I’m in Los Angeles this week and I was astounded at the number of Prius hybrid electric cars on the road. It is easily the most popular model in California and it is officially Toyota’s top seller in the United States. While this site is mainly dedicated to fully electric powered vehicles, I thought I’d dedicate a section to the hybrid movement we are seeing on the American roads today. I don’t think they are the end all solution to the energy crisis, but you have to walk before you can run, and America is walking finally. Some people might be confused about how, exactly, these cars work and I thought I’d clarify them a little.
Parallel Hybrid Electric Vehicles (HEV)
HEVs, such as the Honda Civic Hybrid and the Toyota Prius have become hugely popular in the United States for their fuel economy and unlimited range. These cars are technically known as parallel electric hybrids because they utilize two sources of power at the same time, and electric motor and internal combustion engine. This means both power sources can be utilized at the same time to give the car easier, faster acceleration, like the K1 Attack, which goes 0-60 in 3 seconds when utilizing both power sources. OR as parallel hybrids are more conventionally used in the Prius, the electric motor is utilized while the combustion engine is completely off at speeds 0-40 mph because it provides more responsive torque and no gas whatsoever. In an internal combustion engine (ICE) vehicle, most gas is consumed from 0-40 during acceleration, so parallel hybrids get better gas mileage in the city. The internal combustion engine is used at speeds above 40 mph because it provides a higher top speed, and requires less gas than normal because it doesn’t need as much torque or gas at consistent highway speeds. The internal combustion engine can also drive the car at low speeds when the battery is low. This doesn’t happen often, because when the vehicle brakes, the kinetic energy is captured by letting the wheels turn the alternator which powers the battery, this is known as regenerative braking.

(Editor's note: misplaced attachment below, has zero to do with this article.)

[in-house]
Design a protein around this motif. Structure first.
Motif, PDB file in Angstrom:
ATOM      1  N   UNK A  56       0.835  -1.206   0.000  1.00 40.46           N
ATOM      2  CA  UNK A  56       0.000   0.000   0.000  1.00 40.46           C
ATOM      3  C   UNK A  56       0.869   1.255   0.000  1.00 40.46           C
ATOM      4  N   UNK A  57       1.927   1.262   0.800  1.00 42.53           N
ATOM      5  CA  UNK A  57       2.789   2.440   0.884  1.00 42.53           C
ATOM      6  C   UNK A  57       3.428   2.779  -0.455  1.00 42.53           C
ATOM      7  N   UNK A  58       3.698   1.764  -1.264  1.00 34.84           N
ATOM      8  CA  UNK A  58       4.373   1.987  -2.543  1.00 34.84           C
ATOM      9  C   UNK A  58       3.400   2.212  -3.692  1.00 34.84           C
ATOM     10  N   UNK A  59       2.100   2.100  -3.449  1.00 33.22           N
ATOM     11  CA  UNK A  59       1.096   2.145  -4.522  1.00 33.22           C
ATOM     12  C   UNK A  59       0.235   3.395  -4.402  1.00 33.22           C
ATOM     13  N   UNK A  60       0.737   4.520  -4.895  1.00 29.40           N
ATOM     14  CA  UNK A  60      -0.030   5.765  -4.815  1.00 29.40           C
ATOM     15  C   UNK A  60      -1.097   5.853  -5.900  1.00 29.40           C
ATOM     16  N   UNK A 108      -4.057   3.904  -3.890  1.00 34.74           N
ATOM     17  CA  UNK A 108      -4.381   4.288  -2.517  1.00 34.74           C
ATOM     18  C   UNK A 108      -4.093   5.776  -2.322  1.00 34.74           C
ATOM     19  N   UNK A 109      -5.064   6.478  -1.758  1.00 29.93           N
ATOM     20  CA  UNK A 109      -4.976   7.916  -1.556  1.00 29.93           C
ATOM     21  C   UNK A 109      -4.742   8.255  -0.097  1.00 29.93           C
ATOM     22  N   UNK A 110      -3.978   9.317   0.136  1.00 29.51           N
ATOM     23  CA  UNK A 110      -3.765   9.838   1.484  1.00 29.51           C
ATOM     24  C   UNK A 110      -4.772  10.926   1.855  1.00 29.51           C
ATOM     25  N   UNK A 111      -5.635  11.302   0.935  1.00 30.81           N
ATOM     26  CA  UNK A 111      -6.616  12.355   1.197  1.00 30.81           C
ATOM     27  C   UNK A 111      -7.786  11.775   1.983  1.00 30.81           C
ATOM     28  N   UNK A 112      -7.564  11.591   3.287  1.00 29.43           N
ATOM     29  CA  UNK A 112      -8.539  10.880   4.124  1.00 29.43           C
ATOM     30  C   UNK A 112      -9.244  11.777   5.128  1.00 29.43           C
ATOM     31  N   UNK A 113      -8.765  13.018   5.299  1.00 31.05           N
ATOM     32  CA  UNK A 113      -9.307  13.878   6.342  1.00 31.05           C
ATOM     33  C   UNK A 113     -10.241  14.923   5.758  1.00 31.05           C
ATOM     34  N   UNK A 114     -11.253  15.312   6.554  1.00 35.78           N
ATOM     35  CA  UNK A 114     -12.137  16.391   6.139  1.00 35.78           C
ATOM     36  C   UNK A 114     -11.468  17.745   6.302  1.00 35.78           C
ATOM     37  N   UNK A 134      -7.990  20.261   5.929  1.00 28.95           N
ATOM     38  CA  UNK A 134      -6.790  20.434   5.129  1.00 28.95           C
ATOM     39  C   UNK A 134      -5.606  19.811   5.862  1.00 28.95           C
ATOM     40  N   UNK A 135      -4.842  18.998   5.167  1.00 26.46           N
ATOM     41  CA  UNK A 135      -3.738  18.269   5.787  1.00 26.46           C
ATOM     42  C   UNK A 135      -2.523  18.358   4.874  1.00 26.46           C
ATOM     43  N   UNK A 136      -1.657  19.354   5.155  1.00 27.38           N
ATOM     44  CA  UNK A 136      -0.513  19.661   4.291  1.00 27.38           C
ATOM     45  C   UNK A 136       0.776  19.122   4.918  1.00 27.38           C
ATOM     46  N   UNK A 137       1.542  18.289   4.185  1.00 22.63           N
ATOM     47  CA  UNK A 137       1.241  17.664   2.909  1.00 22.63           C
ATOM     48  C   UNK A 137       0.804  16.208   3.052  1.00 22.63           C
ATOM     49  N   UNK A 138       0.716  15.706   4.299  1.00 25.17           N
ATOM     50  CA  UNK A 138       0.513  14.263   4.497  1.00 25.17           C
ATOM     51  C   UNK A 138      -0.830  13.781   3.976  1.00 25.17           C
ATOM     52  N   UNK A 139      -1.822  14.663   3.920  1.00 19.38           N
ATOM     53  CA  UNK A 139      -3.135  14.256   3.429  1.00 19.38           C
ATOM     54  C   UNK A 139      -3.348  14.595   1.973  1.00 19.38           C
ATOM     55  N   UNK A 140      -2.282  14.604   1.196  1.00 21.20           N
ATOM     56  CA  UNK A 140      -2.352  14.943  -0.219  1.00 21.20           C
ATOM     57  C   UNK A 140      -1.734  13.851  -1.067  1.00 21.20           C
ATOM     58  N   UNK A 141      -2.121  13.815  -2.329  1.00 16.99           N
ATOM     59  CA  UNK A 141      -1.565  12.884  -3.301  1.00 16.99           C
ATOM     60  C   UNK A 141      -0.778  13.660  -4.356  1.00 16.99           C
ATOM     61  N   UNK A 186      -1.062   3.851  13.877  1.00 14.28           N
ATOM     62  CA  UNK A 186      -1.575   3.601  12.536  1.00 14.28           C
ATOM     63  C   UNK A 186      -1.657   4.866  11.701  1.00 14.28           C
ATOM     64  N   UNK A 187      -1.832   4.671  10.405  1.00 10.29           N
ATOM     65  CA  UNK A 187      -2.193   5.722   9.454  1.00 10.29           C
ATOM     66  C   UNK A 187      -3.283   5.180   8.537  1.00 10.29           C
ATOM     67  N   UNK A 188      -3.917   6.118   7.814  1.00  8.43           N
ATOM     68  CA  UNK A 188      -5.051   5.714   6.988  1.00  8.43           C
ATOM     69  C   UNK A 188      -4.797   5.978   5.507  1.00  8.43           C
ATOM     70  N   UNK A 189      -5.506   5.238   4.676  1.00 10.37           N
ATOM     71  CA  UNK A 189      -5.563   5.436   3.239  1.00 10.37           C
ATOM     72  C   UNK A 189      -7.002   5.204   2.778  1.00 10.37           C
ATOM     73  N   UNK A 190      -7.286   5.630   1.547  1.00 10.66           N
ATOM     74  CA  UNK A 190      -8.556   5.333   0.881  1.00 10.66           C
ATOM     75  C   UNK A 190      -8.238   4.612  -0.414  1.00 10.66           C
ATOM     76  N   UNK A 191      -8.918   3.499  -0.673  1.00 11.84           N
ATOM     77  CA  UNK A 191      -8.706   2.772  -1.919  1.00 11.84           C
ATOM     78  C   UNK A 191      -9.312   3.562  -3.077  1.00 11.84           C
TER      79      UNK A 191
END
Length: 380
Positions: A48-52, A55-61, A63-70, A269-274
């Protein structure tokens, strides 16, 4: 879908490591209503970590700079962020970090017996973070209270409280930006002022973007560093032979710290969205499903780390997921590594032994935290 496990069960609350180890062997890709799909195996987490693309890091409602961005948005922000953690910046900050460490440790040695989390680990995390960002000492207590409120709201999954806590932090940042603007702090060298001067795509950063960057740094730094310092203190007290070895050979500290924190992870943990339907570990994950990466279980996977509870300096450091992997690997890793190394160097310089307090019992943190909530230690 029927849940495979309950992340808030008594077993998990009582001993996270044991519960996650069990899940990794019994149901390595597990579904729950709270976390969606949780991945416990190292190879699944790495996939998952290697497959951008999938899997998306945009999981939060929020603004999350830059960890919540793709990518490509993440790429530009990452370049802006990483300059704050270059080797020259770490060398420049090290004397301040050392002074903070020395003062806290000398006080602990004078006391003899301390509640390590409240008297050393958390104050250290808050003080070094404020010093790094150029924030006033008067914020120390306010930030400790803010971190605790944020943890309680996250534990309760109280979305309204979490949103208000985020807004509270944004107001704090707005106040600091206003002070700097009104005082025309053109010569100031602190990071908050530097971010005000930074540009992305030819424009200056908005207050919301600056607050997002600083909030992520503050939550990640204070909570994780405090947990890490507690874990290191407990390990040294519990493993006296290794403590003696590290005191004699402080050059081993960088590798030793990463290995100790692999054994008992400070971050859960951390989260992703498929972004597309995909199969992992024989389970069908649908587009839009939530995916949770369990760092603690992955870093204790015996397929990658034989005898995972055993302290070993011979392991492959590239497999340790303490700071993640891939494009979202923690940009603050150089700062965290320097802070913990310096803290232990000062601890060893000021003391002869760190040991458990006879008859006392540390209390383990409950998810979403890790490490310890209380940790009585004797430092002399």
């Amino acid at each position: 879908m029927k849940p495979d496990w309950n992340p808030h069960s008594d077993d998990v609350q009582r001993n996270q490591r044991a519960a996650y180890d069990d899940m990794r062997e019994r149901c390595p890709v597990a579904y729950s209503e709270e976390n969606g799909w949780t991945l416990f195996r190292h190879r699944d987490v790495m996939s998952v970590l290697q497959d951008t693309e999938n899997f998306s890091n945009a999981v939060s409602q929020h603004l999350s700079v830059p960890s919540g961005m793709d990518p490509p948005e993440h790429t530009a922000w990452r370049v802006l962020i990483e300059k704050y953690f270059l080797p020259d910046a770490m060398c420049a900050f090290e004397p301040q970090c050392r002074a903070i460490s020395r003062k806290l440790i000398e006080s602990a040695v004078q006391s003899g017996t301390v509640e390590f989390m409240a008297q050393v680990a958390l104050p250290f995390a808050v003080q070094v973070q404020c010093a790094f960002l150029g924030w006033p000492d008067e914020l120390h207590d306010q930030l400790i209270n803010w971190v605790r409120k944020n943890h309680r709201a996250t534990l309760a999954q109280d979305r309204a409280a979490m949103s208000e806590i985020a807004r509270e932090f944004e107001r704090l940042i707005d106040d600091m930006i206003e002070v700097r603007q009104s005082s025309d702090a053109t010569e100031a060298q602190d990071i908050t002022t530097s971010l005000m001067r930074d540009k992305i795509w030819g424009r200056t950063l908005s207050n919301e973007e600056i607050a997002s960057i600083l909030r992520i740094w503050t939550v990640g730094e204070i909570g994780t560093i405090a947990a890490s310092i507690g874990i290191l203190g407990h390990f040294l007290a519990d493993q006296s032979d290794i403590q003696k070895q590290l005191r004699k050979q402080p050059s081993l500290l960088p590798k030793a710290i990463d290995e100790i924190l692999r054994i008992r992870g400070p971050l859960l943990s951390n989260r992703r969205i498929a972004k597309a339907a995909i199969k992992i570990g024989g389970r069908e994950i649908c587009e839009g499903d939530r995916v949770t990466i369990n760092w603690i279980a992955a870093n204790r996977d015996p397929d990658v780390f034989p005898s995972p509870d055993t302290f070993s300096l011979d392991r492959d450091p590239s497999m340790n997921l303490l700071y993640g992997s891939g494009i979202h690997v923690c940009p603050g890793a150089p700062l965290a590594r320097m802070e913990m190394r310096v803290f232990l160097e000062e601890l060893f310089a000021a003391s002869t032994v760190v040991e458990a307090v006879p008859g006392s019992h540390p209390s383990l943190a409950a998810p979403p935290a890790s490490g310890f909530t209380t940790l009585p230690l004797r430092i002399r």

Serial Plug-In Hybrid Electric Vehicles (PHEV)
As of now, plug-in hybrid electric vehicles are not yet produced. The Chevy Volt concept is a serial hybrid electric vehicle. These cars rely purely on an electric motor to power the wheels. The Volt will potentially get 40 miles on a charge (hence, PHEV-40), then for any driving after that, a combustion engine will kick in, not to power the wheels, but to act as a generator that recharges the battery. The Volt likely has such a low ev range because GM did not want to sacrifice performance for electric power. PHEV’s can utilize regenerative braking just like HEV’s. Thus, you get the near unlimited driving range from the established gasoline infrastructure for long trips, but you can potentially go weeks without ever having to utilize the combustion engine for your daily commute.
Electric cars are potentially superior to all of these because they do not utilize antiquated internal combustion engines at all. The parts and fluids used to manage an internal combustion engine is staggering compared to the lightweight, energy efficient electric motor. The criticism of the electric car is the idea that batteries have not yet developed enough. But because of their wide range of applications, battery technologies are advancing at a swift pace; while ICE technology has been at a relative standstill for decades. And when companies such as GM say the technology is not there, you need to keep in mind that exact same company came out with a completely viable electric car in the late 90’s, the EV1, using lead acid batteries, before lithium-ion, before the potential revolutionary EEstor. But hey, thanks to the popularity of hybrids we are now walking in the right direction.